For one regular-season game for accepting improper benefits, Kentucky freshman John Wall (above). The point guard, who heads the nation's top recruiting class, was also ordered to repay nearly $800 he received from his former AAU coach. Wall will be permitted to play in an exhibition game on Nov. 6, then must sit out another preseason game in addition to the Wildcats' season opener against Morehead State.
At age 91, College Football Hall of Fame coach Forest Evashevski, who won a national title and two Rose Bowls in his nine seasons at Iowa. A star player for Fritz Crisler at Michigan, Evashevski planned to go to law school in Ann Arbor after World War II but couldn't find a decent apartment there. Frustrated, he took a job as an assistant coach at Syracuse. He ended up in Iowa City six years later, in 1952, inheriting a moribund program that hadn't won the Big Ten since 1921. The Hawkeyes dropped their first four games under Evashevski but then stunned Ohio State 8--0. They won the Rose Bowl in 1957 and again in '59. Evashevski abruptly gave up coaching after the 1960 season, when he was just 42, and served as Iowa's AD for the next 10 years. "I think he would have gone down as one of the greatest coaches of all time had he stayed in it," said Bump Elliott, who was on Evashevski's staff and later coached against him at Michigan.
November 9, 2009
And charged with offering sex for World Series tickets, Phillies fan Susan Finkelstein. The 43-year-old Penn grad student placed an ad on Craigslist describing herself as a "buxom blonde" who was "desperate" for tickets. The ad also read, "Price negotiable—I'm the creative type!" Finkelstein met at a bar with an undercover police officer who alleges that she offered sex for two tickets, a charge she denies. "I was hoping maybe I could get a cheaper price flirting with him," Finkelstein, who is married, told the Opie and Anthony radio show. Finkelstein was charged with a misdemeanor—but ended up getting tickets to Game 2 courtesy of a ticket broker.
For two games after insulting his coach in a Twitter post and using gay slurs on two occasions last week, Chiefs running back Larry Johnson (right). After Kansas City lost to San Diego on Oct. 25, Johnson, who is averaging 2.7 yards per carry, questioned the experience of first-year coach Todd Haley, writing, "My father played for the coach from 'rememeber [sic] the titans.' Our coach played golf." Several followers responded by criticizing Johnson, who shot back at one with the insulting slur. He reportedly uttered another slur when questioned by reporters. As of Monday it was still unclear if Johnson, who needs 75 yards to become the franchise's alltime leading rusher, would return to the team when his suspension is over.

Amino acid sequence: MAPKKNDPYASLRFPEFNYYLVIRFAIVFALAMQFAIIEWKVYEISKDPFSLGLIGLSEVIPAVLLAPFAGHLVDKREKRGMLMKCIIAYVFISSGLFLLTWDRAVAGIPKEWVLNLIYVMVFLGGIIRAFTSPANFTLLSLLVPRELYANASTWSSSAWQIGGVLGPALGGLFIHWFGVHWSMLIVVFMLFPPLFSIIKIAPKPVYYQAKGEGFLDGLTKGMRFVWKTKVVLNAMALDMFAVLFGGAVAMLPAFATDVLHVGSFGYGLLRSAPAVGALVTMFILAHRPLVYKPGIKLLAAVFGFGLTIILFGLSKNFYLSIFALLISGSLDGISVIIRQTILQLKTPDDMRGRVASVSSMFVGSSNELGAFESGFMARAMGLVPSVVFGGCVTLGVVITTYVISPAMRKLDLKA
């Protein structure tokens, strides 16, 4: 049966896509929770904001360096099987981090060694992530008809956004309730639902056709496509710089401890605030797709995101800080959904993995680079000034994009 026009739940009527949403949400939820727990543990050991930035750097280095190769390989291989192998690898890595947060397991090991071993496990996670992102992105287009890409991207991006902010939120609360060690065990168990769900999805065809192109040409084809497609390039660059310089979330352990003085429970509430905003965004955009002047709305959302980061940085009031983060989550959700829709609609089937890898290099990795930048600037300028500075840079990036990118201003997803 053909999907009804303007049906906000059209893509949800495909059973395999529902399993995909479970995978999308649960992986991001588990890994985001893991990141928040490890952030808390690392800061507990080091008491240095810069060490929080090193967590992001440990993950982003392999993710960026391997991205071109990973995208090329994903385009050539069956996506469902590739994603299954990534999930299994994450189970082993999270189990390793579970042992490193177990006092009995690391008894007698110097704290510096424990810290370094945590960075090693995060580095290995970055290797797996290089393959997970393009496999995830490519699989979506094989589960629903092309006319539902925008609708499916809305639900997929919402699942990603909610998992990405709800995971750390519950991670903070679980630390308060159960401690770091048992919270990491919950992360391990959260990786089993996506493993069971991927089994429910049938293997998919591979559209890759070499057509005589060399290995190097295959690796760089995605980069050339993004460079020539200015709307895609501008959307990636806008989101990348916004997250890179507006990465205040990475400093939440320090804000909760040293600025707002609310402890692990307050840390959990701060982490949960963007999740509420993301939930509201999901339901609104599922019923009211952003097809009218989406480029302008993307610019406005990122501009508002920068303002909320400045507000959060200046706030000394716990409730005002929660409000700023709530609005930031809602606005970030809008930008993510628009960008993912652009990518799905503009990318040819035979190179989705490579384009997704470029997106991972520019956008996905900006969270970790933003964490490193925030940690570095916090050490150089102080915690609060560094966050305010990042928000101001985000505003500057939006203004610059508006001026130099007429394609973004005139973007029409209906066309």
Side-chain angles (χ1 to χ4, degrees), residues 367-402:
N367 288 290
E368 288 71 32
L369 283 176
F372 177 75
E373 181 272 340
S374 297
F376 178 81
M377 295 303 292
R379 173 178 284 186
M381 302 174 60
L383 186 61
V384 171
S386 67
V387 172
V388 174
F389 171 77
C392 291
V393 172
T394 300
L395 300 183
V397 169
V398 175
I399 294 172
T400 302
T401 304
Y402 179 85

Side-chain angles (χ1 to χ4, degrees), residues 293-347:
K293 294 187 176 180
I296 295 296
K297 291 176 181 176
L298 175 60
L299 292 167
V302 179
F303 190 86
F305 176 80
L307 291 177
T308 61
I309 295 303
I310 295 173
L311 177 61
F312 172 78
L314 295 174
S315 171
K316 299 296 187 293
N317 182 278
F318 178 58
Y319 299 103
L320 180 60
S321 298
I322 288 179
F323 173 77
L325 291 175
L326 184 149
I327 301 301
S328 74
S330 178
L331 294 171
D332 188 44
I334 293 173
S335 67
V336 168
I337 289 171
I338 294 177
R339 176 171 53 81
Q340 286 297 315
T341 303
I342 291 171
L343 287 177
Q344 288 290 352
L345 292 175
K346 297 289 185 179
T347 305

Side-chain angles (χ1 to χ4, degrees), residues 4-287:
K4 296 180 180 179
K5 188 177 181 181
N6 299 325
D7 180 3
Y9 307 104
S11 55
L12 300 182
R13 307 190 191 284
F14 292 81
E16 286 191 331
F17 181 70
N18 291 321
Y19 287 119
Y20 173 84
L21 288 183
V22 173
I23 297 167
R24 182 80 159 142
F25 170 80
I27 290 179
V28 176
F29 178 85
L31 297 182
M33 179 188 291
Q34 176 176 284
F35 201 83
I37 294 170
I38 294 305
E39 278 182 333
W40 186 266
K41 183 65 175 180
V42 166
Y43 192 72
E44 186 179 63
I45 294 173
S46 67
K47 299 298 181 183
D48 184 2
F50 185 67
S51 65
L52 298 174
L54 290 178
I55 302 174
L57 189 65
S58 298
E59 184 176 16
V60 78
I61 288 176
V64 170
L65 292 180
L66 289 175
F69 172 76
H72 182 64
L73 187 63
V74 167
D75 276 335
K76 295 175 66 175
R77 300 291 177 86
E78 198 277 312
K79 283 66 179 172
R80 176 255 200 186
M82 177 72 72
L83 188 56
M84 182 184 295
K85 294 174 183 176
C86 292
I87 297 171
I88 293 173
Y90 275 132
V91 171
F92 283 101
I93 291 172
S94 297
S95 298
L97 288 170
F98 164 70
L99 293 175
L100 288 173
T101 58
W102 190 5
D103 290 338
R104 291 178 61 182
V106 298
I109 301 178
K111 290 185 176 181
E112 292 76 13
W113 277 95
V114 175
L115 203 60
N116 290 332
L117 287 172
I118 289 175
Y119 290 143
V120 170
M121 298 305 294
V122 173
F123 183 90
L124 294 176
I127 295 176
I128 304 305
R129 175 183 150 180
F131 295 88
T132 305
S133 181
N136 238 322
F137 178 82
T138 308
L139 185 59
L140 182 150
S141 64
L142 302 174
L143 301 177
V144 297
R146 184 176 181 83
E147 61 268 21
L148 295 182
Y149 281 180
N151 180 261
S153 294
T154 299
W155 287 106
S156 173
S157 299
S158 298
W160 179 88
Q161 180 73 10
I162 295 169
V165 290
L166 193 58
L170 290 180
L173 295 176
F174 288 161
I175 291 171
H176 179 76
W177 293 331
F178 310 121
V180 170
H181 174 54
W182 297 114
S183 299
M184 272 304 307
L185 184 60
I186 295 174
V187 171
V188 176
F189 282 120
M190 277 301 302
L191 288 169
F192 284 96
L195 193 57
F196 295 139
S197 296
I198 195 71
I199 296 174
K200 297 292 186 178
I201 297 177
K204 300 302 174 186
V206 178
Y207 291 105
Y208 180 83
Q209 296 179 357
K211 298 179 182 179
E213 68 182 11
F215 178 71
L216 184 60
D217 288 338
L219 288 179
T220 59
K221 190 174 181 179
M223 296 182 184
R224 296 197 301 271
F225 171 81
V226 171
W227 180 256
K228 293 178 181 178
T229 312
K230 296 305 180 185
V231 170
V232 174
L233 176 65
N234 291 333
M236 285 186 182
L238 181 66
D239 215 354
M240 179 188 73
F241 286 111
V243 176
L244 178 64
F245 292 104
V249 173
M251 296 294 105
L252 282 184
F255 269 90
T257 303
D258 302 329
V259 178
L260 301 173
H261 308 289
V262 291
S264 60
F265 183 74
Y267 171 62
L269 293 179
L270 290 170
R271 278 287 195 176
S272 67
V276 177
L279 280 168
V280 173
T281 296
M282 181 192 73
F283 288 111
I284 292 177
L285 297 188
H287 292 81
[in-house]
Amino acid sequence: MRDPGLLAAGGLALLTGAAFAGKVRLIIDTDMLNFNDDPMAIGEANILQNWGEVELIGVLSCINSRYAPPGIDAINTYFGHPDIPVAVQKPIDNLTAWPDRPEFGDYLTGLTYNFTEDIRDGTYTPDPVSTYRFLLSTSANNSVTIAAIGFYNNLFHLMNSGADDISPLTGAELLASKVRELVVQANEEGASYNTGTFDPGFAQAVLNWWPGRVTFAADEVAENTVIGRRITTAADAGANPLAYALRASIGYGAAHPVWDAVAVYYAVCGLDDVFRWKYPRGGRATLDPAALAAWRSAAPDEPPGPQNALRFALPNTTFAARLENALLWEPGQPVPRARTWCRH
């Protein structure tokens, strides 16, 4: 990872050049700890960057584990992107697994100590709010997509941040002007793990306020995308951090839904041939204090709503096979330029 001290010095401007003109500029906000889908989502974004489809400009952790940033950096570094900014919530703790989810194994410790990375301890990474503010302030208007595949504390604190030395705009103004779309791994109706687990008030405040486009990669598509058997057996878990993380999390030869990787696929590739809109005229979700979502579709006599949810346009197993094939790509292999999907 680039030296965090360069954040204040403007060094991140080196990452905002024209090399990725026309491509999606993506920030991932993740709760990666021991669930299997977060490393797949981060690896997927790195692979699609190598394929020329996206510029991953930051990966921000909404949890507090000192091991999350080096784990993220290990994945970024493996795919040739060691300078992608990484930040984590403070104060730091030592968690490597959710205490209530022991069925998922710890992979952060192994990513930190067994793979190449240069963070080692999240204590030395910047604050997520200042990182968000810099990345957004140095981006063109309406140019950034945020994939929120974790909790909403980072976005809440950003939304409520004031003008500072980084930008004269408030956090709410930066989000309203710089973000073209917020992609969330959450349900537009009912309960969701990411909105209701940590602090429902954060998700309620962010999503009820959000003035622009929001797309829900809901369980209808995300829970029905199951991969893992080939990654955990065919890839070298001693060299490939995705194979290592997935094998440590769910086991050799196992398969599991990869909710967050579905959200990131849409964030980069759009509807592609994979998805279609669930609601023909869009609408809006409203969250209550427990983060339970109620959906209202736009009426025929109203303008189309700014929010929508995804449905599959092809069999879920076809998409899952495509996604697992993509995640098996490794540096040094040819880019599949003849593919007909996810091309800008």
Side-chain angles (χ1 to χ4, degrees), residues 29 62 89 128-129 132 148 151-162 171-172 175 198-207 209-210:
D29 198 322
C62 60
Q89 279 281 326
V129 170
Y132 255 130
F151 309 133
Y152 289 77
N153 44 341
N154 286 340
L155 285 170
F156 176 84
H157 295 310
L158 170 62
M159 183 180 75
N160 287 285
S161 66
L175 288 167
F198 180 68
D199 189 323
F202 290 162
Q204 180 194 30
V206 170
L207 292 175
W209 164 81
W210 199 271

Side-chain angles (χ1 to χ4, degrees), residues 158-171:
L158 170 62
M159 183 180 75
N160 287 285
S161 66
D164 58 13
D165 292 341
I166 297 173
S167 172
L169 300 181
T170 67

By Triumph Books, plans to release a controversial book written by disgraced former NBA referee Tim Donaghy. Last week Deadspin.com posted excerpts of Blowing the Whistle: The Culture of Fraud in the NBA in which, among other things, Donaghy accused former colleagues by name of conspiring to fix games. Shortly before the book was scheduled to go to press, Triumph, an imprint of Random House, pulled the plug. Donaghy, who reportedly admitted taking money from gamblers in exchange for inside information, is currently serving a 15-month prison sentence.
For labeling actors from a recent movie about hooliganism as actual hooligans, Scotland Yard. Fans of Premier League club West Ham United violently clashed with supporters of rival London club Millwall in August. In an effort to identify them, Scotland Yard last week released 66 pictures of people it said were captured on camera during the fights. Six stills from the movie The Firm—about a young man drawn into the world of London hooliganism—were accidentally included. (A clip from the film was part of a TV report on the skirmishes, but the police watched it without sound and didn't realize it was a movie.) "We wish to apologise unreservedly to those affected," Scotland Yard said in a statement. "We are going to be actively trying to contact those people to offer our apologies."
By Bob Knight, an invitation to return to the University of Indiana to attend his induction into the school's sports hall of fame. Knight, who won 662 games and three national titles in 29 years with the Hoosiers, was fired in 2000 after allegedly violating the school's zero-tolerance conduct code when he allegedly grabbed a student whom he thought was being disrespectful. Knight told the school he wouldn't attend because he didn't want to divert attention from the other six inductees.
Total deficit in USC's last seven losses, dating to January 2006, before its game with Oregon last Saturday.
Points by which USC lost to Oregon; in the 47--20 defeat the Trojans surrendered the most points in Pete Carroll's nine-year tenure as coach.
Consecutive points scored by Missouri over its last three games against Colorado; the Tigers scored the last 48 points in a 55--10 win in 2007, won 58--0 in '08 and jumped to a 33--0 lead in a 36--17 win last Saturday.
Games in which Terrell Hudgins of Elon has had at least 100 receiving yards, breaking the I-AA career record set by Jerry Rice at Mississippi Valley State from 1981 through '84.
Consecutive wins by Shattuck (Okla.) High, a national record for eight-man high school football teams.
Shattuck's rank on the overall list of high school football winning streaks; De La Salle High of Concord, Calif., won 151 straight from 1992 through 2003.
THEY SAID IT
Spurs guard, after he captured a bat that had flown onto the court during a game with the Kings on Halloween night: "When you can't dunk anymore, you have to find a way to make it into the news."